From time to time the music would stop, often halfway through the jingle, “Sava Centre – always the…” and there would be a ‘ping-pong’ sound and then a woman’s voice. We stop to listen. Sometimes it said “This is a staff announcement.” and we’re able to relax and get back to our shopping. This time it says, “This is a customer announcement. Make sure you visit the Road Safety demonstration and pick up your RoSPA reflector. Thank you.” The girl shows me hers.

“I’ve got one.” she says, “There over there”. I went over to investigate.

There are demonstrations of products including walking three-foot dolls and free tastings of various nibbles. I get my free reflector. I decide to use it as a transmat pad for my Star Wars figures when I get home.

I rejoin my parents in time to queue up and put our stuff on the conveyor belt where the price labels are read by the lady and prices typed into a real computer. All this shopping, it looks like it’ll last us a whole month! It comes to the outrageously high price of £29 (99p of which is for R5-D4 and 99p for my brother’s Snaggletooth). Then we return to the car and get back home quite late, but just in time for Blakes’ 7…

Can you recall when much of the world around you was new? As children with childish minds we had to interpret this strange world, we had to make connections and guess as to the meaning of many things. Oh to be able to think like that again…

The Thinking Cap Experiment(This is an adapted extract from my forthcoming book, ‘The Thinking Cap Experiment’ due out sometime soon. It’s a novel, you know how it is…)

Book Ayd to speak about Creativity and Inspiration for Innovation at your event. A great way to open your conference!
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Do you employ drones or a creative strategists?

Dalek new paradigm blue strategist

Dalek Strategist

There are two types of people: creative people and non-creative people. They are not born that way, they decide to be that way. Sometimes they behave in one way in a certain situation, say being a monotonous drone at work and yet a creative genius at the weekend on the sports field or with the children.

The problem in most businesses is that they may say they want creativity and creative people working for them but what they manifest is mindless monotonous drones.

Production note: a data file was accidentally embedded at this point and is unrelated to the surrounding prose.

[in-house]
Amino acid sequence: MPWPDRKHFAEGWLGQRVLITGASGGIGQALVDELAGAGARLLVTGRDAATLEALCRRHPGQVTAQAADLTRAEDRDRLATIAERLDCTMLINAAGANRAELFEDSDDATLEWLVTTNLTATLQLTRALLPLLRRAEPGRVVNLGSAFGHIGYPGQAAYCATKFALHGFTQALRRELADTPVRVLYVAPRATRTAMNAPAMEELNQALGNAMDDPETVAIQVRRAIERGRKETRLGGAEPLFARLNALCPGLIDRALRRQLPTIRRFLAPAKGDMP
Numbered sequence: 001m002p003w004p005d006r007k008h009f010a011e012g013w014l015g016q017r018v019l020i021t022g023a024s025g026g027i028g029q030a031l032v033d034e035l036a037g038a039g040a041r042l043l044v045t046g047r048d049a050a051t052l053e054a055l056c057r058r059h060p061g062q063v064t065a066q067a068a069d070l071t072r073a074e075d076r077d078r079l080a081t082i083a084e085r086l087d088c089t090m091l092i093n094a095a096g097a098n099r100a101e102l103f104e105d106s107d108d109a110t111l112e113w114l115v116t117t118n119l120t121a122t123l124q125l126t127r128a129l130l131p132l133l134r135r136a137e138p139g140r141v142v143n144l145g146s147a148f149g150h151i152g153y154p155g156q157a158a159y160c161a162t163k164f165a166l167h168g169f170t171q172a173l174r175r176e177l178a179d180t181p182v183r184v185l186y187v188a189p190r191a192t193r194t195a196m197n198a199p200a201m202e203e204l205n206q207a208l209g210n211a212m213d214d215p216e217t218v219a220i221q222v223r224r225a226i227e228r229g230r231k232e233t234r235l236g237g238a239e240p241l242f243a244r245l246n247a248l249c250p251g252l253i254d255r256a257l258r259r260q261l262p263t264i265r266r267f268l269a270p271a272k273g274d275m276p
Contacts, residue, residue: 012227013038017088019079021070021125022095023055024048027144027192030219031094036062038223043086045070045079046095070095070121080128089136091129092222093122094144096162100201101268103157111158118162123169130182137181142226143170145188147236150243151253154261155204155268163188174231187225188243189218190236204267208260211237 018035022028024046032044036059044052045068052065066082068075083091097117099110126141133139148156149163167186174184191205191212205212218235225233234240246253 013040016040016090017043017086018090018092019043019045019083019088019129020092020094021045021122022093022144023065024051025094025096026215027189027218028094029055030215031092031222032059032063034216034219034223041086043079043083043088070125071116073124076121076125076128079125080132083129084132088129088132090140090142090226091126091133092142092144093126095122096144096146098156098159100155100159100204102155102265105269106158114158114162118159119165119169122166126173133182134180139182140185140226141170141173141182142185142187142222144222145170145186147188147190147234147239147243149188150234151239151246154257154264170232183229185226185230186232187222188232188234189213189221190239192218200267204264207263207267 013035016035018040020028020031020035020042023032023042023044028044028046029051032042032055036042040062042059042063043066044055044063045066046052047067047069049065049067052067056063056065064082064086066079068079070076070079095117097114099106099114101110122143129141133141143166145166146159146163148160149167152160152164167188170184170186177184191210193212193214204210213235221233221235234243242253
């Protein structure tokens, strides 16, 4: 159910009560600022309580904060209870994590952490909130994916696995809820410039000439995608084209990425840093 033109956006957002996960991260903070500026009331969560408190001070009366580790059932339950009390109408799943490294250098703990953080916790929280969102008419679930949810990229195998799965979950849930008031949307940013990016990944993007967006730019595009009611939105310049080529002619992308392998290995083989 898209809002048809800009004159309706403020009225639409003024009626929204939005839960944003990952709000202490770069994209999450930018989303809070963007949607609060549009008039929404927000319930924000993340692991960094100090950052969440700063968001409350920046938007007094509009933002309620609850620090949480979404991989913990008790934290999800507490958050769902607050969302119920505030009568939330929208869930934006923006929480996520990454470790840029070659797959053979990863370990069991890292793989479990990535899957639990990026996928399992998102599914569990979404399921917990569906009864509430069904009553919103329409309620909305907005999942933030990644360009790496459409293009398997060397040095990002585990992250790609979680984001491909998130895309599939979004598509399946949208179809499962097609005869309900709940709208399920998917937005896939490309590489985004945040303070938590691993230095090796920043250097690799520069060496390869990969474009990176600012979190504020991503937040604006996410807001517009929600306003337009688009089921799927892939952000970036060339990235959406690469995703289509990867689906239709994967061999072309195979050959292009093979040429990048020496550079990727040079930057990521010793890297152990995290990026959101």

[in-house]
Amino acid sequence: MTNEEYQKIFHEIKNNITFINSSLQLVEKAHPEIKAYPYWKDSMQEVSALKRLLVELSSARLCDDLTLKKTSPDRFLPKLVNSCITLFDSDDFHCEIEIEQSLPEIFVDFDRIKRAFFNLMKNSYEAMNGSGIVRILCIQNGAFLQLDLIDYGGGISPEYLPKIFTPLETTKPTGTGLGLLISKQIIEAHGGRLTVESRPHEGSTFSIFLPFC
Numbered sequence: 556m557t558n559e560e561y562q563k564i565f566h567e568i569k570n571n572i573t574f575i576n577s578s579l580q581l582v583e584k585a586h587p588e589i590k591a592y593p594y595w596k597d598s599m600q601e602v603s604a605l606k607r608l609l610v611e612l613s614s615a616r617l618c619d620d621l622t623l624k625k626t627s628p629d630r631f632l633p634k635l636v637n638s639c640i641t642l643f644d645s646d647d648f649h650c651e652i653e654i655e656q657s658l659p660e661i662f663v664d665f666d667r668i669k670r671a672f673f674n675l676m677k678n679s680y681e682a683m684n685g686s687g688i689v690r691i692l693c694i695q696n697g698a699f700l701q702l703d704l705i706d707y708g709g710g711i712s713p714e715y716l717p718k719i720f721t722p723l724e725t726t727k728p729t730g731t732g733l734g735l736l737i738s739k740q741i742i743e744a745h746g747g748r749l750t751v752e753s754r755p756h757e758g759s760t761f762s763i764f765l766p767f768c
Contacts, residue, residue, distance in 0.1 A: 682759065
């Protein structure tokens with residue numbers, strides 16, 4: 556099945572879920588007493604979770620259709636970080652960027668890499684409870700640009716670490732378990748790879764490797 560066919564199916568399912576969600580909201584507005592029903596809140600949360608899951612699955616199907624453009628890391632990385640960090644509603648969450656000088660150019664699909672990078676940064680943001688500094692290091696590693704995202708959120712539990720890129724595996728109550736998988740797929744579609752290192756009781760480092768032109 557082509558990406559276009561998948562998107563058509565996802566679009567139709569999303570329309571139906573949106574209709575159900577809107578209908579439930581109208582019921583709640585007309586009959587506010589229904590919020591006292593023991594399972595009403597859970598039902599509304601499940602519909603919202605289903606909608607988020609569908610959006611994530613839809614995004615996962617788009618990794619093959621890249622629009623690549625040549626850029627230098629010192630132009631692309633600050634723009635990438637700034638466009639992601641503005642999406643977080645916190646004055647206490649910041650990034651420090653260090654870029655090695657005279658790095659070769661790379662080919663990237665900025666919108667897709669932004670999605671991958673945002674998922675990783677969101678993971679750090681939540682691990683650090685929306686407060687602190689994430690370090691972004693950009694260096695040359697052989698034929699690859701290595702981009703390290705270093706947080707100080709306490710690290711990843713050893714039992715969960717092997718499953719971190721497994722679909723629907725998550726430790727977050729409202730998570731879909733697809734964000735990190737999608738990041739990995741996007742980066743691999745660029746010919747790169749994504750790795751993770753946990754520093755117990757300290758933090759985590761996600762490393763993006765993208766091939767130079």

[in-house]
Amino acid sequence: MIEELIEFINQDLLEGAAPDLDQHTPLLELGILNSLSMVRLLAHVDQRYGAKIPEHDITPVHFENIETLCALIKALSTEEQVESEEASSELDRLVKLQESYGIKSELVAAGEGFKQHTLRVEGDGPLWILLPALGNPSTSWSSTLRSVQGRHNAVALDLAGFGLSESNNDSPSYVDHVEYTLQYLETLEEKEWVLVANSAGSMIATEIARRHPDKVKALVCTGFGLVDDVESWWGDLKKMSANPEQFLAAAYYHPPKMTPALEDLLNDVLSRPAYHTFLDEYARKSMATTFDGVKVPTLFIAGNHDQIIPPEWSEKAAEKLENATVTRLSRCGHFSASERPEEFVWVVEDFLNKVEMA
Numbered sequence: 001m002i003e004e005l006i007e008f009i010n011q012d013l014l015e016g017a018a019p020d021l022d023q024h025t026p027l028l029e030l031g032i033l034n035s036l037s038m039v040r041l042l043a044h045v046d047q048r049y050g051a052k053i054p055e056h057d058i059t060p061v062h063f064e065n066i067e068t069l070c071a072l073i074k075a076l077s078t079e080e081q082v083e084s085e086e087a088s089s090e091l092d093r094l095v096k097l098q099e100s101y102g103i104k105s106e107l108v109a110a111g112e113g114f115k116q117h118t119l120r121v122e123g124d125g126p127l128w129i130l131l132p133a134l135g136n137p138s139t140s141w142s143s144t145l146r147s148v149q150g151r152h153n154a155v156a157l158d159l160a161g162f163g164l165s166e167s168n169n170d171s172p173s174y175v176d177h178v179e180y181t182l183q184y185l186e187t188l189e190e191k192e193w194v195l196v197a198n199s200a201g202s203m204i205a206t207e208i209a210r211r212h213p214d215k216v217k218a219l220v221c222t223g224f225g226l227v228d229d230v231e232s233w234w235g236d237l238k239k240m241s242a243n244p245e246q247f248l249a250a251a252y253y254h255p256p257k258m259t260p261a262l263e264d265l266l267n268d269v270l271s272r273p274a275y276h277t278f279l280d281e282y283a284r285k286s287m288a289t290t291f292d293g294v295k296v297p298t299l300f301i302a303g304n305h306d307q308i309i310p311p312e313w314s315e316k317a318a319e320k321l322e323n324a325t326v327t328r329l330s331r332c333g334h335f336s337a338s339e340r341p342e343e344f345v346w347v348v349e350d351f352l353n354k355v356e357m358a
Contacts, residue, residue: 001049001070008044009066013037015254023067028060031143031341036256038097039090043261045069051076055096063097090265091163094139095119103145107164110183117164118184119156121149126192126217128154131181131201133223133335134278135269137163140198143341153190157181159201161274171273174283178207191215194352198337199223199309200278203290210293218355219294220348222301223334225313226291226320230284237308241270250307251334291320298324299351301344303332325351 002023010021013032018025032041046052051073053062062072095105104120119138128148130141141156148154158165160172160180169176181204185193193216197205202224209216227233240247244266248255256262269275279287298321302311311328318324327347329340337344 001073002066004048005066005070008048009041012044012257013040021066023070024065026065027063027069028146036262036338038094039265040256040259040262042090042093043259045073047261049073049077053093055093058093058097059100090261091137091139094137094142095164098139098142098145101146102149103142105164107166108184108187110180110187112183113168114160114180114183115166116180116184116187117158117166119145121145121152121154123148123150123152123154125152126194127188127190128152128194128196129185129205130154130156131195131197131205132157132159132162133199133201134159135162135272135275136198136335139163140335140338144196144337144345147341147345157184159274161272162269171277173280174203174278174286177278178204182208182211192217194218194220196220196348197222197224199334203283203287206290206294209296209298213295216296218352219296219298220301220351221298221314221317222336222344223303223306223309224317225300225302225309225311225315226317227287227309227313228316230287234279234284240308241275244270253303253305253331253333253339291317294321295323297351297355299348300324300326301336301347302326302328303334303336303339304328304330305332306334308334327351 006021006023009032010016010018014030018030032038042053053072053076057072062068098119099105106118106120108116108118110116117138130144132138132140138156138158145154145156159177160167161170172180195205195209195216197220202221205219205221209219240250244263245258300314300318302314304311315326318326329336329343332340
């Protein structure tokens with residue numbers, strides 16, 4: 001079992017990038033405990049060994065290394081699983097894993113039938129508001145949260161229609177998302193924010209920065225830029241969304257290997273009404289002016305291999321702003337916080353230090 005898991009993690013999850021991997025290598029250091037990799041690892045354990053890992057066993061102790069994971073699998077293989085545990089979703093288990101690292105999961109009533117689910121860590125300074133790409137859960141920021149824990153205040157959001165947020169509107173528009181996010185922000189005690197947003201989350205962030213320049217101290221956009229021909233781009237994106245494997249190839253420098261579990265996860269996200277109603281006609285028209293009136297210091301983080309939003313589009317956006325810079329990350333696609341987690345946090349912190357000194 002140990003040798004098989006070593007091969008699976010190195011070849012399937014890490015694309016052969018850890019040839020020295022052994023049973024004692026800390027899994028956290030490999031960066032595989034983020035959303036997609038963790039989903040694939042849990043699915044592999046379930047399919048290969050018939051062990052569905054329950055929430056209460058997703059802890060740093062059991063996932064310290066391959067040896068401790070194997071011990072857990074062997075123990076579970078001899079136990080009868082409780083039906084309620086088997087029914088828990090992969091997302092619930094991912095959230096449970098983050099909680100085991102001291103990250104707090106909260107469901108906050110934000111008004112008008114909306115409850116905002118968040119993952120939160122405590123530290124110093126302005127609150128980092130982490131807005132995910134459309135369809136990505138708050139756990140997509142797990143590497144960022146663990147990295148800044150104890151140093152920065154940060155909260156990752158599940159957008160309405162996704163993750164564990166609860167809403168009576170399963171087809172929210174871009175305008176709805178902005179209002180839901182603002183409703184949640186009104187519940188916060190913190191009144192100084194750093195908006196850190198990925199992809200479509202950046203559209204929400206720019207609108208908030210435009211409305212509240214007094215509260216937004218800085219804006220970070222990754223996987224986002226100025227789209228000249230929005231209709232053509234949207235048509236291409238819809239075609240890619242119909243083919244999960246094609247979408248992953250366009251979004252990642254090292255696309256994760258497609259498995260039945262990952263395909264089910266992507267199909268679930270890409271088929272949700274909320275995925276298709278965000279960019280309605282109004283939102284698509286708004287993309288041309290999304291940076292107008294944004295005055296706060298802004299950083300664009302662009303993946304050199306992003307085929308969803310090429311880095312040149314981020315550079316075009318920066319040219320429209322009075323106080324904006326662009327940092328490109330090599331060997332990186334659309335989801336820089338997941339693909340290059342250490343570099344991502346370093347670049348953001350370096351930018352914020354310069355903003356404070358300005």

Creative people in business do not sit there doodling or daydreaming (but if they do you can bet they’re onto some big idea). Creative people innovate better ways of doing things. They naturally follow the path of progress. They can’t help making things more interesting. When channeled, these attributes always lead to increased profits.

Dalek new paradigm red drone

Dalek Drone


If you have sales people: they need to be creative sales people because they need to create new relationships and create new sales opportunities.

Sales Drones do not create new sales opportunities. neither do they know how to up-sell new offerings to existing customers.

If you have administration people: they need to be creative administration people. They’re job is to make things work smoothly and there are always problems they need to resolve and there are always processes that can be made better.

Admin Drones just do filing.

If you have managers they need to be creative managers: handling people and their relationships is a complex task with many factors constantly changing. Motivating people to do their best is a skill that is bespoke for each individual. Problem solving skills and emotional intelligence are needed more than ever in such a role.

Manager Drones annoy good people who then leave and join your competitors.

If you have staff that deal with customers they need to be creative staff who deal with customers. Creating great customer service is the most underdeveloped method of increasing sales and profits. Knowing how to handle problems or how to create value added extras that turn customers into advocates is a creative skill that’s worth its weight in gold.

Service Drones annoy customers who then post on Twitter how bad your service is.

Don’t employ drones, and even more importantly, don’t turn your employees into drones. Good people who get fed up and leave their jobs usually do it because they weren’t appreciated. A great way of getting good people to stay and excel is to allow them to use more of their skills and talents in their role, to have more responsibility for their role.

Research has been done that the amount of perceived self determination within an organisation is directly proportional to increased profits and success of that organisation. Using or converting people into drones is like running your business with everyone having one arm tied behind their back, or chaining employees to a desk (which is exactly what so many companies actually do if you think about it).

I can show you how to turn your drones into productive, inspired creative strategists who not only do a better job with their current role, but are capable of innovating areas around them. Some businesses (and of course most employees) would be offended to have people described as ‘drones’. That may be the case but when the economic climate is more challenging, the risk of drone conversion is even greater. I can show you how to avoid the dangerous slide into drone manufacture, to help you get even more from the good people you have.

Come and see me on